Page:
For now, as I trade out my zookeeper tools for a laptop computer, I ask that you keep checking our Web site. You’ll find new blogs popping up here and there and new videos coming online; a whole page dedicated to Elephant Odyssey should be debuting this spring.

Rick Schwartz is Elephant Odyssey ambassador for the San Diego Zoo.

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Rhinos: One on One

Our two Indian rhino brothers, Surat (pictured) and Soman, have been progressing well with their training. In my previous post (Rhino Brothers Form Attachment) our goal was to separate them and put them back together with no issues; when they are separated, we don’t want either one to be nervous or even aware of the difference.

My training partner and I began by walking them each while on exhibit (of course, we are on one side of a metal pipe fence and they walk beside us on their side). When they became comfortable with this behavior, the next step was to put one of them in the barn and work with the other on exhibit alone. First we put Surat in the barn. One of us “held” Soman steady in one area of the exhibit while the other opened the door, called Surat in, and gave him treats for his good behavior. Surat had never been alone on exhibit without his brother so we thought putting him in the barn first would be the best idea.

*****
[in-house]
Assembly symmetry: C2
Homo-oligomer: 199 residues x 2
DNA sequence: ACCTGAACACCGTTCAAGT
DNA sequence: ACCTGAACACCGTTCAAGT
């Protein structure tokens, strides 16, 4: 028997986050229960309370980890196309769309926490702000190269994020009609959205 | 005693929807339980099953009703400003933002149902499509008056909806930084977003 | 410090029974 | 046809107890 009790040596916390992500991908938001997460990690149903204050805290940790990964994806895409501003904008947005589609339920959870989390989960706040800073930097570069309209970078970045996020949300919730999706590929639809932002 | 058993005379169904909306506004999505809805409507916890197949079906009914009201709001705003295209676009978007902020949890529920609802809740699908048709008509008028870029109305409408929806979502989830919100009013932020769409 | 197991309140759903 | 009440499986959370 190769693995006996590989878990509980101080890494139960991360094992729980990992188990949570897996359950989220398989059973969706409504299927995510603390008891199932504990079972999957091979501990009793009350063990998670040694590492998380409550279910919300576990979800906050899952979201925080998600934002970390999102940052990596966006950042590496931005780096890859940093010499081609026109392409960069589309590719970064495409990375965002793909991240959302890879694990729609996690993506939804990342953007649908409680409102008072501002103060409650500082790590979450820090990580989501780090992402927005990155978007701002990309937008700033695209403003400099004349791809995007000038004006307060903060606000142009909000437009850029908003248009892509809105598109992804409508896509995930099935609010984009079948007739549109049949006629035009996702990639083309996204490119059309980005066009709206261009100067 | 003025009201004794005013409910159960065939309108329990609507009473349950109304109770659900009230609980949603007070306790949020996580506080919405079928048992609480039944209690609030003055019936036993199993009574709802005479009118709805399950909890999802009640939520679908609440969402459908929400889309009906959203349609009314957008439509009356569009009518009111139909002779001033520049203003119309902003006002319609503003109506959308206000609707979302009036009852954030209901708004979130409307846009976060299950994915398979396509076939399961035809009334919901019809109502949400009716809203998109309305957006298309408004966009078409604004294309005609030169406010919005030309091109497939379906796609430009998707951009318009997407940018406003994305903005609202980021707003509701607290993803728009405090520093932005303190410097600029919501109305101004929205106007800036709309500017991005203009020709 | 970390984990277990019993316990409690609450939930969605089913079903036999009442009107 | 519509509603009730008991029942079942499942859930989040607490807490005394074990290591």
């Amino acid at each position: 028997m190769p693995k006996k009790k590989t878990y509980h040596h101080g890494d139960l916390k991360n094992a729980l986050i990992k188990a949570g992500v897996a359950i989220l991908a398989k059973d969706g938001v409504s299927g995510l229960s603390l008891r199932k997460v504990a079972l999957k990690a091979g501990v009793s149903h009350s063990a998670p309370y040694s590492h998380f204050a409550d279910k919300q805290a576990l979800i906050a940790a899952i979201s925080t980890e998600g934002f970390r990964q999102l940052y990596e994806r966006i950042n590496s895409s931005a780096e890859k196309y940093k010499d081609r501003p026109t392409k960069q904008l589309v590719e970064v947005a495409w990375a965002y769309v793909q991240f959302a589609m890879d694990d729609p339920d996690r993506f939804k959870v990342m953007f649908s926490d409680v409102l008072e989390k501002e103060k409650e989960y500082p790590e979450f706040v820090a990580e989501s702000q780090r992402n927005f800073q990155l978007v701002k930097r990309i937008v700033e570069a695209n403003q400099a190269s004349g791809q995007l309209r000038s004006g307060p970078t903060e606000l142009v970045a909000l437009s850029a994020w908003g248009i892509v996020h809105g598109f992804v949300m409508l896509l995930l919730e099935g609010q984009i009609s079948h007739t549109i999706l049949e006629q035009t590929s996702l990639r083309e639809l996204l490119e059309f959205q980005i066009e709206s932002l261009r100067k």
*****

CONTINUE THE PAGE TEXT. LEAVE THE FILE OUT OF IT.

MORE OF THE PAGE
I took this chance to work on desensitizing Soman for voluntary blood draws. The second trainer asks Soman to “step up,” which means for him to move his outside leg forward one step. Then he is asked to “steady.” This means he holds his position and does not shift his weight around or move the leg. He gets a reward (a piece of apple, yam, or carrot) for standing still. During this time I touch his leg, palpate the vein, and even use my keys to simulate the needle stick. As long as he stands still, he receives treats and many “good boy!”s from his trainers. Then we walk him, turn him around and do the same behaviors on the opposite leg. He has been doing a great job at standing still and allowing us to prepare him for the time when the vets might need a blood sample. It is always preferable to have an animal voluntarily give blood than having to anesthetize them. And it makes me feel great that I taught him how!

Once we were finished, one of us took Soman for a little walk and the other let Surat out of the barn. He behaved wonderfully while alone in his barn; he did not bang on the door or even vocalize (which sounds almost like a low version of a cow mooing, it is very cute). He also got a short walk and some keeper time. Surat is growing up and learning some manners, which is great. He is more patient and seems to be eager to work on behaviors.